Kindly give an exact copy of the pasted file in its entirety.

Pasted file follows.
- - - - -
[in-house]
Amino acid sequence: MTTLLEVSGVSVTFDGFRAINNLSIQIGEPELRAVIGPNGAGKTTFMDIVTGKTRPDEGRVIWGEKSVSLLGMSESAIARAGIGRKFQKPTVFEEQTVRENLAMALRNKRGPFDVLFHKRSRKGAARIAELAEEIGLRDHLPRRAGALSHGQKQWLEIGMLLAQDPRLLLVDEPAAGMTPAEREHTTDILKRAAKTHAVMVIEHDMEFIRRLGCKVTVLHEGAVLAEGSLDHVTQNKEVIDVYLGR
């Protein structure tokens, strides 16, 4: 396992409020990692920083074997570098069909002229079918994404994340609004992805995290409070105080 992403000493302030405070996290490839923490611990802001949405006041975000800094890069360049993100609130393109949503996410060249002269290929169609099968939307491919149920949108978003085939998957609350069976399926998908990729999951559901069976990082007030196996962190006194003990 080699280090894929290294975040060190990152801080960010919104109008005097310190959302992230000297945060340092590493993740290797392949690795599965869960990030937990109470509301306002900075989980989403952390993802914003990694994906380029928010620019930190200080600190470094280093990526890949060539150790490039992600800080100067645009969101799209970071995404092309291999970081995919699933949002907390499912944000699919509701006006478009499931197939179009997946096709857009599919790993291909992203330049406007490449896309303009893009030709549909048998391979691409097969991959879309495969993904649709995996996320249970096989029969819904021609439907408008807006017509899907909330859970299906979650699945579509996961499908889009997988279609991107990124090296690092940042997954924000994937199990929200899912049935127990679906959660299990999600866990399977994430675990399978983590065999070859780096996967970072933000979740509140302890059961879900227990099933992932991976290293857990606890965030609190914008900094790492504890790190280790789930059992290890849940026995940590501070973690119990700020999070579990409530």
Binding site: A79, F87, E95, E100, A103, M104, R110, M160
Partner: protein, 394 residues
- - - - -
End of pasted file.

[in-house]
Amino acid sequence: MTTLLEVSGVSVTFDGFRAINNLSIQIGEPELRAVIGPNGAGKTTFMDIVTGKTRPDEGRVIWGEKSVSLLGMSESAIARAGIGRKFQKPTVFEEQTVRENLAMALRNKRGPFDVLFHKRSRKGAARIAELAEEIGLRDHLPRRAGALSHGQKQWLEIGMLLAQDPRLLLVDEPAAGMTPAEREHTTDILKRAAKTHAVMVIEHDMEFIRRLGCKVTVLHEGAVLAEGSLDHVTQNKEVIDVYLGR
């Protein structure tokens, strides 16, 4: 396992409020990692920083074997570098069909002229079918994404994340609004992805995290409070105080 992403000493302030405070996290490839923490611990802001949405006041975000800094890069360049993100609130393109949503996410060249002269290929169609099968939307491919149920949108978003085939998957609350069976399926998908990729999951559901069976990082007030196996962190006194003990 080699280090894929290294975040060190990152801080960010919104109008005097310190959302992230000297945060340092590493993740290797392949690795599965869960990030937990109470509301306002900075989980989403952390993802914003990694994906380029928010620019930190200080600190470094280093990526890949060539150790490039992600800080100067645009969101799209970071995404092309291999970081995919699933949002907390499912944000699919509701006006478009499931197939179009997946096709857009599919790993291909992203330049406007490449896309303009893009030709549909048998391979691409097969991959879309495969993904649709995996996320249970096989029969819904021609439907408008807006017509899907909330859970299906979650699945579509996961499908889009997988279609991107990124090296690092940042997954924000994937199990929200899912049935127990679906959660299990999600866990399977994430675990399978983590065999070859780096996967970072933000979740509140302890059961879900227990099933992932991976290293857990606890965030609190914008900094790492504890790190280790789930059992290890849940026995940590501070973690119990700020999070579990409530």
Binding site: A79, F87, E95, E100, A103, M104, R110, M160
Partner: protein, 394 residues